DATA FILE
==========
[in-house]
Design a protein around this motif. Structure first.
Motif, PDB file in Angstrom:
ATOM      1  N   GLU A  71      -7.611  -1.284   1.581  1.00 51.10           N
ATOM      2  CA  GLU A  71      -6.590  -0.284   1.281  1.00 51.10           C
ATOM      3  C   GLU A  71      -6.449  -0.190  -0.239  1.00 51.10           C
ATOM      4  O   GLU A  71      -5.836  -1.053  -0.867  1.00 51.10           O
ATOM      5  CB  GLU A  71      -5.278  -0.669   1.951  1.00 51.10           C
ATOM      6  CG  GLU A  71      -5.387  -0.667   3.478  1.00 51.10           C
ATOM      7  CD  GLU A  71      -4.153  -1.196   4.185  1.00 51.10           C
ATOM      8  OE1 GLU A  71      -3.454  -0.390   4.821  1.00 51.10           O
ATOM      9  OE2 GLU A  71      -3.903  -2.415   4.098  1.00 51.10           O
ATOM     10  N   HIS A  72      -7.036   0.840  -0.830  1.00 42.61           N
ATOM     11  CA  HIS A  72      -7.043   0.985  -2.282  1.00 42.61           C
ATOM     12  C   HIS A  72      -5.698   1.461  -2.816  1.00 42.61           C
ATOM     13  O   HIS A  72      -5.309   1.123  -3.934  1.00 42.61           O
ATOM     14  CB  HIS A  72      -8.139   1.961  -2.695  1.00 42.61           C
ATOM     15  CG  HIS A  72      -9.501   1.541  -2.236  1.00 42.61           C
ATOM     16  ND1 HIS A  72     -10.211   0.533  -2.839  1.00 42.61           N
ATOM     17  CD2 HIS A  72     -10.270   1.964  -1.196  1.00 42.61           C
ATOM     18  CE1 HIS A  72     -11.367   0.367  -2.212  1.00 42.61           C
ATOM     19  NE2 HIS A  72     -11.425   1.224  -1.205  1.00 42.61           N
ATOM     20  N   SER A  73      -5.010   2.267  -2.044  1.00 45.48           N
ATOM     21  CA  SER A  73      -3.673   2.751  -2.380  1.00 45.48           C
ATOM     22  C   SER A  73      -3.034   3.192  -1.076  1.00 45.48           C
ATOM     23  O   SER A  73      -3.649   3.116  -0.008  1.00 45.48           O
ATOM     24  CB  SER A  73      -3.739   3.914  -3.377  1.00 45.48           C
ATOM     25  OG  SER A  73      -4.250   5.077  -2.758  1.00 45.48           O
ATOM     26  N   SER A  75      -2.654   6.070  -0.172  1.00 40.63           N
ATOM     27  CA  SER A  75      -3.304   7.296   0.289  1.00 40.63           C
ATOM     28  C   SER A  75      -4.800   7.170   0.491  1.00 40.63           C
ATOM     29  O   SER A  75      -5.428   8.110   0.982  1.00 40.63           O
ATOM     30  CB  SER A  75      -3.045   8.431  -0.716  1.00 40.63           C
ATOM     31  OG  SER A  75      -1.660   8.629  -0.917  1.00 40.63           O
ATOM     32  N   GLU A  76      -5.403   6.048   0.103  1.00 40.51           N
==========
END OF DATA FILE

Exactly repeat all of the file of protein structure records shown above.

[in-house]
Design a protein around this motif. Structure first.
Motif, PDB file in Angstrom:
ATOM      1  N   GLU A  71      -7.611  -1.284   1.581  1.00 51.10           N
ATOM      2  CA  GLU A  71      -6.590  -0.284   1.281  1.00 51.10           C
ATOM      3  C   GLU A  71      -6.449  -0.190  -0.239  1.00 51.10           C
ATOM      4  O   GLU A  71      -5.836  -1.053  -0.867  1.00 51.10           O
ATOM      5  CB  GLU A  71      -5.278  -0.669   1.951  1.00 51.10           C
ATOM      6  CG  GLU A  71      -5.387  -0.667   3.478  1.00 51.10           C
ATOM      7  CD  GLU A  71      -4.153  -1.196   4.185  1.00 51.10           C
ATOM      8  OE1 GLU A  71      -3.454  -0.390   4.821  1.00 51.10           O
ATOM      9  OE2 GLU A  71      -3.903  -2.415   4.098  1.00 51.10           O
ATOM     10  N   HIS A  72      -7.036   0.840  -0.830  1.00 42.61           N
ATOM     11  CA  HIS A  72      -7.043   0.985  -2.282  1.00 42.61           C
ATOM     12  C   HIS A  72      -5.698   1.461  -2.816  1.00 42.61           C
ATOM     13  O   HIS A  72      -5.309   1.123  -3.934  1.00 42.61           O
ATOM     14  CB  HIS A  72      -8.139   1.961  -2.695  1.00 42.61           C
ATOM     15  CG  HIS A  72      -9.501   1.541  -2.236  1.00 42.61           C
ATOM     16  ND1 HIS A  72     -10.211   0.533  -2.839  1.00 42.61           N
ATOM     17  CD2 HIS A  72     -10.270   1.964  -1.196  1.00 42.61           C
ATOM     18  CE1 HIS A  72     -11.367   0.367  -2.212  1.00 42.61           C
ATOM     19  NE2 HIS A  72     -11.425   1.224  -1.205  1.00 42.61           N
ATOM     20  N   SER A  73      -5.010   2.267  -2.044  1.00 45.48           N
ATOM     21  CA  SER A  73      -3.673   2.751  -2.380  1.00 45.48           C
ATOM     22  C   SER A  73      -3.034   3.192  -1.076  1.00 45.48           C
ATOM     23  O   SER A  73      -3.649   3.116  -0.008  1.00 45.48           O
ATOM     24  CB  SER A  73      -3.739   3.914  -3.377  1.00 45.48           C
ATOM     25  OG  SER A  73      -4.250   5.077  -2.758  1.00 45.48           O
ATOM     26  N   SER A  75      -2.654   6.070  -0.172  1.00 40.63           N
ATOM     27  CA  SER A  75      -3.304   7.296   0.289  1.00 40.63           C
ATOM     28  C   SER A  75      -4.800   7.170   0.491  1.00 40.63           C
ATOM     29  O   SER A  75      -5.428   8.110   0.982  1.00 40.63           O
ATOM     30  CB  SER A  75      -3.045   8.431  -0.716  1.00 40.63           C
ATOM     31  OG  SER A  75      -1.660   8.629  -0.917  1.00 40.63           O
ATOM     32  N   GLU A  76      -5.403   6.048   0.103  1.00 40.51           N